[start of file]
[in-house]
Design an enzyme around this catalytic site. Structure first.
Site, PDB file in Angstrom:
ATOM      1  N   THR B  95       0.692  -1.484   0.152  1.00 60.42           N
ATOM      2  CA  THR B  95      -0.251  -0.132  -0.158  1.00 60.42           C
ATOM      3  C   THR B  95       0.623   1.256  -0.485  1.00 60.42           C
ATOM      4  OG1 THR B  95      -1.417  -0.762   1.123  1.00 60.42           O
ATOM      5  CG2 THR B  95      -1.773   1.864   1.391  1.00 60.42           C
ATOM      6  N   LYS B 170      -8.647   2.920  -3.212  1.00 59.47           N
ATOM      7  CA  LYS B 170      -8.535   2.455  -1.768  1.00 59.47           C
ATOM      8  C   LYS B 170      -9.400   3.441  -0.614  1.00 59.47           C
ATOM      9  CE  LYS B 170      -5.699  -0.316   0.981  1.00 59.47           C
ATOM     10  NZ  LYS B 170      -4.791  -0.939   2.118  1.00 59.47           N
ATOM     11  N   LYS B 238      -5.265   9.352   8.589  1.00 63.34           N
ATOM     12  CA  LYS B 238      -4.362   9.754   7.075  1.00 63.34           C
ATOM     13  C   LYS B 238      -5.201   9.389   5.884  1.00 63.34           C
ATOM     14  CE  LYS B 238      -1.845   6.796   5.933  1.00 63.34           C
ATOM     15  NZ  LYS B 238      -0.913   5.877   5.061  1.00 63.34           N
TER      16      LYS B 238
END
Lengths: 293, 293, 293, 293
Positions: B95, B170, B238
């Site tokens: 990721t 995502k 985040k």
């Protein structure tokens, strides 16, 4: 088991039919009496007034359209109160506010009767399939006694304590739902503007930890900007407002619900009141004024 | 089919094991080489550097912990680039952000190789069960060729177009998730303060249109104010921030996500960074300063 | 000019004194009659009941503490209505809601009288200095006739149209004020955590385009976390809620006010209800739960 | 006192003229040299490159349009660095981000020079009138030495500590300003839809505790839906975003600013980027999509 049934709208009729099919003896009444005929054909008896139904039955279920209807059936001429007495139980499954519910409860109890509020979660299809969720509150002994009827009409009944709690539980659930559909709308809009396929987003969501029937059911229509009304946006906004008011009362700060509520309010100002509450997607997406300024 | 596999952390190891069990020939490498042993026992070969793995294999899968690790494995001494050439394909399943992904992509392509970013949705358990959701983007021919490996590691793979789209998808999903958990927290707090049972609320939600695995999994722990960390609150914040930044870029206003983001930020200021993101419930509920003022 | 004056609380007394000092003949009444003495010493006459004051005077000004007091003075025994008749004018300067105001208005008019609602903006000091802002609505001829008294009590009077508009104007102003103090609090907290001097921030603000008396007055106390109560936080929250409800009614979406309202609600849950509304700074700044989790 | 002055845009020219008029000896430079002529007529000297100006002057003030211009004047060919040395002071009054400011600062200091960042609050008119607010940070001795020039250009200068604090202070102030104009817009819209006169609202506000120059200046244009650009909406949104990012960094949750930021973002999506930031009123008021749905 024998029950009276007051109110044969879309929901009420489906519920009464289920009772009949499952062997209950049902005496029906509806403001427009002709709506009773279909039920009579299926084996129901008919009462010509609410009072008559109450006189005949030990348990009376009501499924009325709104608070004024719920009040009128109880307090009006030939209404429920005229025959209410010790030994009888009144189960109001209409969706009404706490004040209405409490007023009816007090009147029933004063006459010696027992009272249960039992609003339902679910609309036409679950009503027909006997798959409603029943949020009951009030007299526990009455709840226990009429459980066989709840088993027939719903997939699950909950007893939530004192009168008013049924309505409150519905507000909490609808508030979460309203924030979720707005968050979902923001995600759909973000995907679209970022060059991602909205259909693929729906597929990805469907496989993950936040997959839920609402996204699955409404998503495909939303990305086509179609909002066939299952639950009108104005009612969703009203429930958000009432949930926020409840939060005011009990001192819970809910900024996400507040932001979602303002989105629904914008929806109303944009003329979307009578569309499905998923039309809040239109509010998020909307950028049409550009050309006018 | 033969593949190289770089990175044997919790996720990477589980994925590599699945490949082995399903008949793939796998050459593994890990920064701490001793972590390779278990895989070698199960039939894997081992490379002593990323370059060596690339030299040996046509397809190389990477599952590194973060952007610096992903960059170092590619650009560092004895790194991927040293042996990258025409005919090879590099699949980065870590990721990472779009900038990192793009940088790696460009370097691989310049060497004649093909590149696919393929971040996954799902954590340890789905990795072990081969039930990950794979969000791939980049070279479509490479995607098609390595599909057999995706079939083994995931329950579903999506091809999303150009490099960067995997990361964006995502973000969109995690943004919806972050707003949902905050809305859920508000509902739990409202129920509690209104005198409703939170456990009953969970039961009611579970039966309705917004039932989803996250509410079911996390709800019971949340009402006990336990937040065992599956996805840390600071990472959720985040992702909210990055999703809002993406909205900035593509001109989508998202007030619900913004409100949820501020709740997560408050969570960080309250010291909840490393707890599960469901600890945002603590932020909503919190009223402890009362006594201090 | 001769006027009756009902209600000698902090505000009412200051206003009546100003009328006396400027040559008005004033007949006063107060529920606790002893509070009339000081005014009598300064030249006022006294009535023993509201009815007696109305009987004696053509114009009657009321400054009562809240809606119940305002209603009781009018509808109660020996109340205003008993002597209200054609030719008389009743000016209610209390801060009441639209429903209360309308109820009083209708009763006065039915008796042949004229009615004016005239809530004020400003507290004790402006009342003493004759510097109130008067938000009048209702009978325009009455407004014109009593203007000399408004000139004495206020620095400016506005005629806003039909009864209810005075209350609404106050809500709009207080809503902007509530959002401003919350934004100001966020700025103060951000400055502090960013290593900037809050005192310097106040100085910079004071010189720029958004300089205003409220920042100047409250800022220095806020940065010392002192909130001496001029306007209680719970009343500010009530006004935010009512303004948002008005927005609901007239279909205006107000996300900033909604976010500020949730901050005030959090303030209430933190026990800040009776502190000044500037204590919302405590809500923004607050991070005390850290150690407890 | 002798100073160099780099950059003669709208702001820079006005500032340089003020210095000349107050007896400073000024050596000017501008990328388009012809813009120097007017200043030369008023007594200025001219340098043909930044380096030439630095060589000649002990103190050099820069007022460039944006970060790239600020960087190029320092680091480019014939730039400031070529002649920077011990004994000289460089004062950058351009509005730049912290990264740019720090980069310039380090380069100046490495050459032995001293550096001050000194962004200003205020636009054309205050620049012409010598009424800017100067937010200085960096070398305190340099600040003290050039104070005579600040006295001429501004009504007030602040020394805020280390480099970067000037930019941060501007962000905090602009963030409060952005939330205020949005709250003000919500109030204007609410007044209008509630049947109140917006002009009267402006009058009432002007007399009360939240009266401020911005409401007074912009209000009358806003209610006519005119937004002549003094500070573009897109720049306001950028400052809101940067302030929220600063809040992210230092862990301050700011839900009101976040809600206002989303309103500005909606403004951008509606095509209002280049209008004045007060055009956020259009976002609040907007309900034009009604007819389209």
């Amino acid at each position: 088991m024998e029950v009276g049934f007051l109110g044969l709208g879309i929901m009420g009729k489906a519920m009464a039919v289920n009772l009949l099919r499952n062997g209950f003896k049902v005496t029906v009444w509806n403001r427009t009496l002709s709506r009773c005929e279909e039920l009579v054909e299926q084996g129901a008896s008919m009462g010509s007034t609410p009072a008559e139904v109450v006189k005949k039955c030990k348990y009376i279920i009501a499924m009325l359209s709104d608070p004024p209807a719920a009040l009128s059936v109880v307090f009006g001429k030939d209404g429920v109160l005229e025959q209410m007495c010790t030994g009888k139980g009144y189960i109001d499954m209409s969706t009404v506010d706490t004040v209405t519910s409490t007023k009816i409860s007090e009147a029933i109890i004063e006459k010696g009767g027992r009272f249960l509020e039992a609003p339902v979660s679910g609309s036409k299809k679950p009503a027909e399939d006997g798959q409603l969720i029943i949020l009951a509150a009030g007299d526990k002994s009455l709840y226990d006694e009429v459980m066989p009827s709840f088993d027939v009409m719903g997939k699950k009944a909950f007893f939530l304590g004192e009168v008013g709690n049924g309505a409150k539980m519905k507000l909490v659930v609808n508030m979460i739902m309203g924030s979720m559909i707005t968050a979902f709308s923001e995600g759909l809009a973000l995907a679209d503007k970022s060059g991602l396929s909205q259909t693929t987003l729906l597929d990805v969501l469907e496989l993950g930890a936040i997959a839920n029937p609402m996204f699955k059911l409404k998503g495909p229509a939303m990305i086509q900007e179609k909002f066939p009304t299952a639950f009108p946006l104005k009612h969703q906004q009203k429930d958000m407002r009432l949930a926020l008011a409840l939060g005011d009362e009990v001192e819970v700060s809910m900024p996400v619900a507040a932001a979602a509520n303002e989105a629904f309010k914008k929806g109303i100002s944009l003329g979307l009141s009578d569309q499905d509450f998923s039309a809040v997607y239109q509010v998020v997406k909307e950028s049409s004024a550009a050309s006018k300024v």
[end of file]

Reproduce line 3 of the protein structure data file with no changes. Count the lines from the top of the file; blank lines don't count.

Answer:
Site, PDB file in Angstrom: